Blue Freedom

The campaign in question is available here. The Blue Freedom company introduced an eponymous device which is said to be capable of generating electricity using water (e.g. creeks, etc.). Wherever you can find fluent water, you can use the device.

It produces 5 W of energy and does it when the rotor is in fluent water. The output is 1 A. It turns on automatically (actually, there seems to be no switching mechanism, since it requires water to produce energy), and there’s a switch only for the LED lamp. All you need to do is to plug in the device you want to charge using the USB port. The process of charging starts upon plugging in and ends when you unplug it, so there’s no integrated power bank to store generated energy.

The manufacturer says it produces some noise when working, but they work on reducing the level of noise. We suppose that a tiny rotor cannot roar terribly, so it’s not a big issue. The developer says it’s protected from overheating, so some heating seen in the course of generating energy isn’t likely to be dangerous.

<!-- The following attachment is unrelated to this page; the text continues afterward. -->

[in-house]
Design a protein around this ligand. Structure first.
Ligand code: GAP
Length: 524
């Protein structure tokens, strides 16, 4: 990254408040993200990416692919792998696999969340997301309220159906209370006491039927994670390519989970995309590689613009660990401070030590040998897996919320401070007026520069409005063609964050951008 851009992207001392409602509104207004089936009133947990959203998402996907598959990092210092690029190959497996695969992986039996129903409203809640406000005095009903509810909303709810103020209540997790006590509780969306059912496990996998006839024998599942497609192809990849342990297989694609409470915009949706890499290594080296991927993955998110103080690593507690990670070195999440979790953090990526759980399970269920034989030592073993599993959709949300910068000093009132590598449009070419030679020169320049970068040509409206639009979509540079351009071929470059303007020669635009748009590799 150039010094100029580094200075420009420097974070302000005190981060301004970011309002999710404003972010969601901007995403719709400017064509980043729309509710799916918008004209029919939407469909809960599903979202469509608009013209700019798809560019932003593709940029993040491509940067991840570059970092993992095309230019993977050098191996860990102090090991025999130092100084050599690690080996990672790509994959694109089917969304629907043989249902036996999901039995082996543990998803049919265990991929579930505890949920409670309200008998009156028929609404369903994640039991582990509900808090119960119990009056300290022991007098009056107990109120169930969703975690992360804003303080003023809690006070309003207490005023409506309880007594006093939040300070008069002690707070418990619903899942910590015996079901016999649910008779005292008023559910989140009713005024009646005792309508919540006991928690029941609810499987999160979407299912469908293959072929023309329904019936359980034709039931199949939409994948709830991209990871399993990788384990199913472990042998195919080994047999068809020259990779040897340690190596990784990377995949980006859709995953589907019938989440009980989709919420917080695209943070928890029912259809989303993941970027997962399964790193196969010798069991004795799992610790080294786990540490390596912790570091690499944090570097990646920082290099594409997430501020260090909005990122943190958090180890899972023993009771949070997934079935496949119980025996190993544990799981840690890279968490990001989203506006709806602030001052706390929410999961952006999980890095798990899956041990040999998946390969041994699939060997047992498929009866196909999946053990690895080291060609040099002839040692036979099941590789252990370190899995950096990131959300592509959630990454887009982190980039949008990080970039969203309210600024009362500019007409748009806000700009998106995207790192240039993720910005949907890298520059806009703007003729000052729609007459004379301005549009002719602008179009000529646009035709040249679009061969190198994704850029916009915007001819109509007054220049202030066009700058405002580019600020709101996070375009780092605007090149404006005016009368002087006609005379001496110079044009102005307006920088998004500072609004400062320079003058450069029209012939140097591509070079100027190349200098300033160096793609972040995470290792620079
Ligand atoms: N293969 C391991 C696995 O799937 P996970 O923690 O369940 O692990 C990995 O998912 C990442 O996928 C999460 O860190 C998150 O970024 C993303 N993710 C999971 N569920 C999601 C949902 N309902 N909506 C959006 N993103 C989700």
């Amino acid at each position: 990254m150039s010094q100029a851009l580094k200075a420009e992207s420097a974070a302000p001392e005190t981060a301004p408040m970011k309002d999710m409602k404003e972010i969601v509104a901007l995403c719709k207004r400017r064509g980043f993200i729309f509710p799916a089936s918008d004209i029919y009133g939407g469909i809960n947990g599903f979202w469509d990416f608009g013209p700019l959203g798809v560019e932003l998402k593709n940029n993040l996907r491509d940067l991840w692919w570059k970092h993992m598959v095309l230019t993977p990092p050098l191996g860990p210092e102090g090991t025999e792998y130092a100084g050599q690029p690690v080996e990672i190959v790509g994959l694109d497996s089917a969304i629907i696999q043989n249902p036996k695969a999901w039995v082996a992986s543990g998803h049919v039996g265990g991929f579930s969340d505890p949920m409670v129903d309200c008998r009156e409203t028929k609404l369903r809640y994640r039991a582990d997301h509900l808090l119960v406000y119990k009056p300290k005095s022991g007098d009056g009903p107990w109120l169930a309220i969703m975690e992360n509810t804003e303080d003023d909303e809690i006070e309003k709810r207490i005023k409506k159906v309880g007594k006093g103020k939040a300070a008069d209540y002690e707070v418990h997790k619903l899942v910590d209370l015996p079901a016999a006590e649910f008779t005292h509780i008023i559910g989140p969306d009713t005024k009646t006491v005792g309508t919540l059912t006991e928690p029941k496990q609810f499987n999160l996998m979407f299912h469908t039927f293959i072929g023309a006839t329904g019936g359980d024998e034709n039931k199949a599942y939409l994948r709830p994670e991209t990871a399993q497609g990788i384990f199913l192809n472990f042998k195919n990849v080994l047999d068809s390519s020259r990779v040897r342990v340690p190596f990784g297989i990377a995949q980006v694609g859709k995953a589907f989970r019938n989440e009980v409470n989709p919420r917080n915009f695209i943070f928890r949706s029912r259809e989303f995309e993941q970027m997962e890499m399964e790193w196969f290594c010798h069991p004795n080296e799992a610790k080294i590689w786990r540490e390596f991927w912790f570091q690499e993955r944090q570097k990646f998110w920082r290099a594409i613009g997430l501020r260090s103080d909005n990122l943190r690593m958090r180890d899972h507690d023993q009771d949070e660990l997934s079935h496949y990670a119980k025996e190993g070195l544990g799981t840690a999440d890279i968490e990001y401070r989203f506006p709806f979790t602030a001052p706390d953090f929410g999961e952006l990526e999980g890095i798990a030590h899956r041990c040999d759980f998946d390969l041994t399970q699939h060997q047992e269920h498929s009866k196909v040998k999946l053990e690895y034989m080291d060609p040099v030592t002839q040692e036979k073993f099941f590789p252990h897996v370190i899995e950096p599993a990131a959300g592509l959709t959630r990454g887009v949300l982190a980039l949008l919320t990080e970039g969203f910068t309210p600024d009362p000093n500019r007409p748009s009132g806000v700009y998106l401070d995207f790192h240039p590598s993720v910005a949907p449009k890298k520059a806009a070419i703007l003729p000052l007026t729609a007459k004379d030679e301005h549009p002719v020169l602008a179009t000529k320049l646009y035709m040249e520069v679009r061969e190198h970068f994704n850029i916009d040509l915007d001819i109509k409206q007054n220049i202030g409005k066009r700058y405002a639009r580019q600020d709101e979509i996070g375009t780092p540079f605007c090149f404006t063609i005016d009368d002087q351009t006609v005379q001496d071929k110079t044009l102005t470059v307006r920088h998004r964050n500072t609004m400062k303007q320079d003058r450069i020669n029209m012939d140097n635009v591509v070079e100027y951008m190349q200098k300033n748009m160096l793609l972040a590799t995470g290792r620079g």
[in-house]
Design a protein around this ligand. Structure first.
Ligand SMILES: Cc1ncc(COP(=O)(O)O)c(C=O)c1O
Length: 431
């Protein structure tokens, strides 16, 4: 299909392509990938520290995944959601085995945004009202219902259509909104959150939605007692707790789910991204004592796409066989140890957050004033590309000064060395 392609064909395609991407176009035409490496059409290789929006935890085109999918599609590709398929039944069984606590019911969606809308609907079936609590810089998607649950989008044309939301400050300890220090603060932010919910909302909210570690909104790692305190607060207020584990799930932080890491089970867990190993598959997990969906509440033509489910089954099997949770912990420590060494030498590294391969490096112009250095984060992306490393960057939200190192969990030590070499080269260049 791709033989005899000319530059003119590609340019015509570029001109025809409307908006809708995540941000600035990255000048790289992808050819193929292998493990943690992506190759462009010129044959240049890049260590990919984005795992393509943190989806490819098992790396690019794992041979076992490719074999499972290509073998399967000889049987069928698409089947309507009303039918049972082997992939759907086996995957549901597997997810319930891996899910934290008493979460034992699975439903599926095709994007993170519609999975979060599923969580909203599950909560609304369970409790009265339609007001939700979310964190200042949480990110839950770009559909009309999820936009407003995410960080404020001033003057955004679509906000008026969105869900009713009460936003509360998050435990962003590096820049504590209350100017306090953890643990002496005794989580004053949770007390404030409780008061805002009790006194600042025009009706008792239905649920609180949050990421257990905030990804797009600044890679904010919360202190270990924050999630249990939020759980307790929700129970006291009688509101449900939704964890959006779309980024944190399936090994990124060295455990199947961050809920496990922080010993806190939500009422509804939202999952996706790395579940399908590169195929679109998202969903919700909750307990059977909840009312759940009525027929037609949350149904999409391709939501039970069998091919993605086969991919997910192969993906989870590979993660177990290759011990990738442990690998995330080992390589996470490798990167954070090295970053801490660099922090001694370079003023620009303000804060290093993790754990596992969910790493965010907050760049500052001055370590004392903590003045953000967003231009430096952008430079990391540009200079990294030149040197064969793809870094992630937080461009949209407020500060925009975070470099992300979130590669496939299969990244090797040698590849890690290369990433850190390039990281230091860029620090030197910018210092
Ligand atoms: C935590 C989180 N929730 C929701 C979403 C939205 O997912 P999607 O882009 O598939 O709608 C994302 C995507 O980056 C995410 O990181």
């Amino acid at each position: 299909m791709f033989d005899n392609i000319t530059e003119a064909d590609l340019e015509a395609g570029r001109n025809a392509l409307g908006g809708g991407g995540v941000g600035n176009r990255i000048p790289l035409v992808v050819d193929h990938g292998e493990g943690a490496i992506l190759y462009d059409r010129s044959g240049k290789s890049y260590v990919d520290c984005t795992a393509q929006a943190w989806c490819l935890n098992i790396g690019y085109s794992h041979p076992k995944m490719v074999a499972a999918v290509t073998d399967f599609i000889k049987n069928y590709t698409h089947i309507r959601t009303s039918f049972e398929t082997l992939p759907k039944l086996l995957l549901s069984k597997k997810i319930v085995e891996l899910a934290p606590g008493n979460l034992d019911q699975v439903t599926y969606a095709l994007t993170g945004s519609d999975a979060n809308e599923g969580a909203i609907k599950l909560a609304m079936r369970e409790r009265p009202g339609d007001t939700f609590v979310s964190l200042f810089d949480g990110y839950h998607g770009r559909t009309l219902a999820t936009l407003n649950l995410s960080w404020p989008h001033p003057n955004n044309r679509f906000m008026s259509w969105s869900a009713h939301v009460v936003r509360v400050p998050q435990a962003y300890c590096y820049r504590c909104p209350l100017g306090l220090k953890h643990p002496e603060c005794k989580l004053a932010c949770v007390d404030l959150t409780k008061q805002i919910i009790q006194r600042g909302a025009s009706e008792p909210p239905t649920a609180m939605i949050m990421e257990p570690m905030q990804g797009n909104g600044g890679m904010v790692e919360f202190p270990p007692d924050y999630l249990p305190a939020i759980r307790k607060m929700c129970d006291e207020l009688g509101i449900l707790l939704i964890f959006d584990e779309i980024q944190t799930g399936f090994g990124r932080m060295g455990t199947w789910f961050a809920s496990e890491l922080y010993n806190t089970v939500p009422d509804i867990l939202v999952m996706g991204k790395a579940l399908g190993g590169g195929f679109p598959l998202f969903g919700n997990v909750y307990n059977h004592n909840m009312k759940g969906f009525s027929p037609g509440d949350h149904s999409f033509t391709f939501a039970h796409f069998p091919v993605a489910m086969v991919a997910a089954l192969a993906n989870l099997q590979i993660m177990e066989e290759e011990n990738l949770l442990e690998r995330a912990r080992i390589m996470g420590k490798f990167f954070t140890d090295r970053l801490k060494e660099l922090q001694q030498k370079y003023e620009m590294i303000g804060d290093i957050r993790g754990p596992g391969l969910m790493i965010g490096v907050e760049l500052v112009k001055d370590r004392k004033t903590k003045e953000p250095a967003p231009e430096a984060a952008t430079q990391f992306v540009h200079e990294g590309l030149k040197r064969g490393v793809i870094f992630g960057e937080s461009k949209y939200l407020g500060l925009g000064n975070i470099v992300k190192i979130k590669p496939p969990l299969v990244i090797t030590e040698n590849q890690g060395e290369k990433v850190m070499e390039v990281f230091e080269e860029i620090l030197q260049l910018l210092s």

If you are an owner of a Blue Freedom, note that the turbine and the drive shaft are waterproof, but the casing is not – it’s only splash-proof, so it’s not intended to be thrown into water.

It’s also worthy of note that in order to charge your laptop using USB, it must be an advanced laptop with USB type C integrated, so it’s not a solution everyone can use due to technical limitations of both power banks and laptops. If you are one of those whose laptop can be powered via USB, it’s another option you can choose.

Here are the measures of the device:

  • Diameter: 7.9 inches / 20 cm;
  • Height: 2.2 inches / 5.5 cm;
  • Weight: 0.9 pounds / 400 g (depends on the included power pack).
  • The current cost of the item is $299. You can order it at the official website.


VI. Bicycle energy